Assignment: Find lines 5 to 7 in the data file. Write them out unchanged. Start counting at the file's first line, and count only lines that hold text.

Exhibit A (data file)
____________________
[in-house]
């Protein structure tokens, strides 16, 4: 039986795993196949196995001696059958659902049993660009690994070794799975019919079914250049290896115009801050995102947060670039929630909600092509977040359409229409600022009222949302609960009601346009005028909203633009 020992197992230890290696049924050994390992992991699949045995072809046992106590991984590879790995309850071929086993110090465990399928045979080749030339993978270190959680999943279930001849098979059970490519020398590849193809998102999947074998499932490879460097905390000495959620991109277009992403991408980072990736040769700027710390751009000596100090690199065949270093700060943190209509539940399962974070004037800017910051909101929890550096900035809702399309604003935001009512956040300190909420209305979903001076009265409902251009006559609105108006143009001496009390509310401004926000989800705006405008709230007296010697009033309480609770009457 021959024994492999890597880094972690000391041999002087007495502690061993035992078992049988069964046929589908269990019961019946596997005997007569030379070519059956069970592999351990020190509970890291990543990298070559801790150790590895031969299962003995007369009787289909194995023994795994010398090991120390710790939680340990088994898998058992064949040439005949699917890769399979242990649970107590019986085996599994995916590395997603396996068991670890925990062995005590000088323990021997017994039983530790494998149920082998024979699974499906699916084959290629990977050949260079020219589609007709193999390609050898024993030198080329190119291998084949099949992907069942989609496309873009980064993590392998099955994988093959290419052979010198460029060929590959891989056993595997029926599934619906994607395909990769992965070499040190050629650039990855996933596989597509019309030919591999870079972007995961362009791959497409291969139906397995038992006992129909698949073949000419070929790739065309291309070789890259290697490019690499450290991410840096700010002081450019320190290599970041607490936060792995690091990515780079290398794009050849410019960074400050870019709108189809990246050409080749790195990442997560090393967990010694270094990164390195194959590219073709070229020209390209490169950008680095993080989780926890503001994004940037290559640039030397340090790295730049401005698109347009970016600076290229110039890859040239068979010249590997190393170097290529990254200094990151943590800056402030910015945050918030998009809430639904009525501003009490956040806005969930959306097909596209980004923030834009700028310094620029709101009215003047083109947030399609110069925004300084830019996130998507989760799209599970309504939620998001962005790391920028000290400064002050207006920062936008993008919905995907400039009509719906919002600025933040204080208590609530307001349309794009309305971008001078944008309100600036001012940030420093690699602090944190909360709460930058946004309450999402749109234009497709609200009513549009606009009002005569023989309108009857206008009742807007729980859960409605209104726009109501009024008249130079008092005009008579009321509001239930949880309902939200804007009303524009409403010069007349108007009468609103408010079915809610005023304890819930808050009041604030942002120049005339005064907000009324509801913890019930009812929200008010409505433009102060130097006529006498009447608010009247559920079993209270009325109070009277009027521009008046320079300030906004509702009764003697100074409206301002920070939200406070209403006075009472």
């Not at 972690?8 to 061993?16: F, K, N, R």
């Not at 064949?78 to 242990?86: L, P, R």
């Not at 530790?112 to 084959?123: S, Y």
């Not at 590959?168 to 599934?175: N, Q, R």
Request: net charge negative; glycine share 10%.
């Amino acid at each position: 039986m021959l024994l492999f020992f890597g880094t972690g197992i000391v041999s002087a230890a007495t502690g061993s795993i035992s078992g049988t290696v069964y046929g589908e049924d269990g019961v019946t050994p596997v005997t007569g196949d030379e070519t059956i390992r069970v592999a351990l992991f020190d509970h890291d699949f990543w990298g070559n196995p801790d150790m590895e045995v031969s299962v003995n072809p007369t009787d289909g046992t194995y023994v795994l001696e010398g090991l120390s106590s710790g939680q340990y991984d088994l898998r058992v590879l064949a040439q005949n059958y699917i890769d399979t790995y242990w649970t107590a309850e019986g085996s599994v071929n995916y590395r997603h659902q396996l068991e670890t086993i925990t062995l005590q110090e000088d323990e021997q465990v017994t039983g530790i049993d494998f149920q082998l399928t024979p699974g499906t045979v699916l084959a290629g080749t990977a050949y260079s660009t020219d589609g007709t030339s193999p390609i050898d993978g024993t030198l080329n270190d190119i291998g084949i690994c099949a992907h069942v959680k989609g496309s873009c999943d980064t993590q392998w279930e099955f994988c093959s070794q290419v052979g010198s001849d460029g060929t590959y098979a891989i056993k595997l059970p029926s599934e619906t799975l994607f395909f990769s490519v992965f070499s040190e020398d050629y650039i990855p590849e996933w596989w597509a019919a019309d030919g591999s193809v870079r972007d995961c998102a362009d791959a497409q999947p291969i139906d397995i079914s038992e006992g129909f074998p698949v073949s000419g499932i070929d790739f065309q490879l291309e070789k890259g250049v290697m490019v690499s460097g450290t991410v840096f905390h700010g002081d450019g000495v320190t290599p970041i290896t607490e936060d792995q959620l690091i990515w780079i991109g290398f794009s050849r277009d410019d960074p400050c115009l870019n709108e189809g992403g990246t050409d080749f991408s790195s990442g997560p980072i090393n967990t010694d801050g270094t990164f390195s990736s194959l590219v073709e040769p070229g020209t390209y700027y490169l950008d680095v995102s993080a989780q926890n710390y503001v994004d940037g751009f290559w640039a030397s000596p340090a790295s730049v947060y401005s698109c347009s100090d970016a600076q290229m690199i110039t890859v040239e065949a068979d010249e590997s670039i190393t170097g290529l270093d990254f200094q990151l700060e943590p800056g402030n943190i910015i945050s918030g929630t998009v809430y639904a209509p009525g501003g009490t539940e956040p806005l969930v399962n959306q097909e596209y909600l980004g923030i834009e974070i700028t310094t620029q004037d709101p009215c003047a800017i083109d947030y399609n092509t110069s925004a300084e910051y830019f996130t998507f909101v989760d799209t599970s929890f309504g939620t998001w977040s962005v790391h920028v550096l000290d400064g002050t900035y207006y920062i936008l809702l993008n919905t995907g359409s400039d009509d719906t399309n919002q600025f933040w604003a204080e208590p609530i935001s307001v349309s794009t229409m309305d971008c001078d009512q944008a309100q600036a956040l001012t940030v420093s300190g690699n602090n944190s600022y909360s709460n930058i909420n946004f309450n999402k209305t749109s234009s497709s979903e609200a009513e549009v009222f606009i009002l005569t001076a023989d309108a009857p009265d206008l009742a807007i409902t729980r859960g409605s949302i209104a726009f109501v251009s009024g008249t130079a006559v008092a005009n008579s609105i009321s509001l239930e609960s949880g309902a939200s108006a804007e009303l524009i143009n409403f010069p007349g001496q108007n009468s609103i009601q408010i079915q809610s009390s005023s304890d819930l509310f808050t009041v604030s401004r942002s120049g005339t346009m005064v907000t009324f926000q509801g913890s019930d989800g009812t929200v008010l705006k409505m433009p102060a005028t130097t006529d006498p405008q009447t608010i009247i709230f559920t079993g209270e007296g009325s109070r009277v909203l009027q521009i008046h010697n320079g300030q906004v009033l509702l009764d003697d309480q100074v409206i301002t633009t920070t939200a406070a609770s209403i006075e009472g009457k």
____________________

């Not at 530790?112 to 084959?123: S, Y």
């Not at 590959?168 to 599934?175: N, Q, R």
Request: net charge negative; glycine share 10%.